The fluid forms of the Bocci 73.V pendants over the dining table reference the calm waters of the bay outside
The light oak millwork is complimented with a light hemlock ceiling/soffit, as well as oak tables and chairs by Edmonton furniture makers IZM, which all have the same value and hue for a calming effect.
'Our kitchen design extends from the interior through the large windows to the BBQ and outdoor dining,' says Chhad.
'The materials are minimal and robust - marble backsplash, Caesarstone counters and Corian casework, and the Hemlock soffit leads the eye through the dining room and out to views of the bay.'
The solid 1/4” stainless steel counter on the kitchen island provides an incredibly robust surface that will develop character as it patinas, but still floats because of its thin profile.
A custom steel pendant over the island illuminates the work surface and also shines light up onto the wood ceiling.
The cooktop counter extends through the window to the BBQ with a bush hammered and brushed marble backsplash, quartz counters and Corian millwork drawers.
A thin wood frame encases the tall cabinets and ovens, concealing touch-to-open refrigeration and a large appliance garage.
A robust concrete bench in the mudroom allows shoes to be kicked off and booted underneath without soiling coats hanging from ample hooks on the wall behind, and is a sturdy stool to access the shelf and cabinets above.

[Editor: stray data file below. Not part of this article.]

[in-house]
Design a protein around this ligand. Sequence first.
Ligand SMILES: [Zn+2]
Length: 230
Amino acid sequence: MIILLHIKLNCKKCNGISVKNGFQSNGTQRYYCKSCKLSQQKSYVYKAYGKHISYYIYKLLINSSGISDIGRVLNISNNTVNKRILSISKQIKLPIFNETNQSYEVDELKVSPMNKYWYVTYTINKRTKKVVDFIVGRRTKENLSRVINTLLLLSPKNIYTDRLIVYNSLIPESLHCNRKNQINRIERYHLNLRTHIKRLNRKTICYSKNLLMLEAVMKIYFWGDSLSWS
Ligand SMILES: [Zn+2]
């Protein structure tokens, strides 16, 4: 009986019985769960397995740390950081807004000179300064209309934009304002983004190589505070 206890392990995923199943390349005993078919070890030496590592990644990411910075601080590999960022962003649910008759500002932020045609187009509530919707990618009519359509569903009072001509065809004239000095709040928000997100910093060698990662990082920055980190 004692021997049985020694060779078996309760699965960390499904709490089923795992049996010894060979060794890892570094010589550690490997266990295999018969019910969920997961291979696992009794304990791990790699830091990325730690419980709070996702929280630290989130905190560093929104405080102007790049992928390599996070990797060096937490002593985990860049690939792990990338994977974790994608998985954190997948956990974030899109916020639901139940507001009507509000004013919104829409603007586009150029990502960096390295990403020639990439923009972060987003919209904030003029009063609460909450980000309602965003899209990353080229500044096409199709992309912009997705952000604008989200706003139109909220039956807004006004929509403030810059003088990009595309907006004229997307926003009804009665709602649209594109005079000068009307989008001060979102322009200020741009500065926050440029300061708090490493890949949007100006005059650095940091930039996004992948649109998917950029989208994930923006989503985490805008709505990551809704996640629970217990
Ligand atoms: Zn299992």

Chad says: 'In the mudroom, minimalist detailing and durable low-sheen surfaces of Fenix laminate, Corian and concrete allow clutter to be hidden away while often used coats and shoes are tidily within reach.
'A faucet at the dog dishes make hydration quick and easy. The skylight and window in the mudroom, meanwhile, diffuse ample natural light on the matte white surface for a bright functional space.'
A window seat in the primary bedroom provides a reading nook surrounded by warm oak and linen with views to the beach and bay, complimented with a leather Cassina Cab bed and Tomnuk wall sconce.
Plaster walls and millwork create a soothing atmosphere in the primary bathroom and a smooth surface easy-to-clean Verde Alpi marble is crafted into a custom vanity sink and counter and acts as a ledge at the bath and shower.
The vanity floats off the wall with back lighting for a gentle glow in the evening.
Skylights placed at the walls in the shower and over the vanity gently diffuse light into the primary ensuite.
A strategically placed shower head allow views of the bay through the bedroom. The tub also has beach and water views out of a mitred corner window.
The garden is home to an outdoor kitchen, which boasts views straight through the home over the bay beyond.
Interior design / Falken Reynolds
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Ruth Doherty is an experienced digital writer and editor specializing in interiors, travel and lifestyle. With 20 years of writing for national sites under her belt, she’s worked for the likes of Livingetc.com, Standard, Ideal Home, Stylist and Marie Claire as well as Homes & Gardens.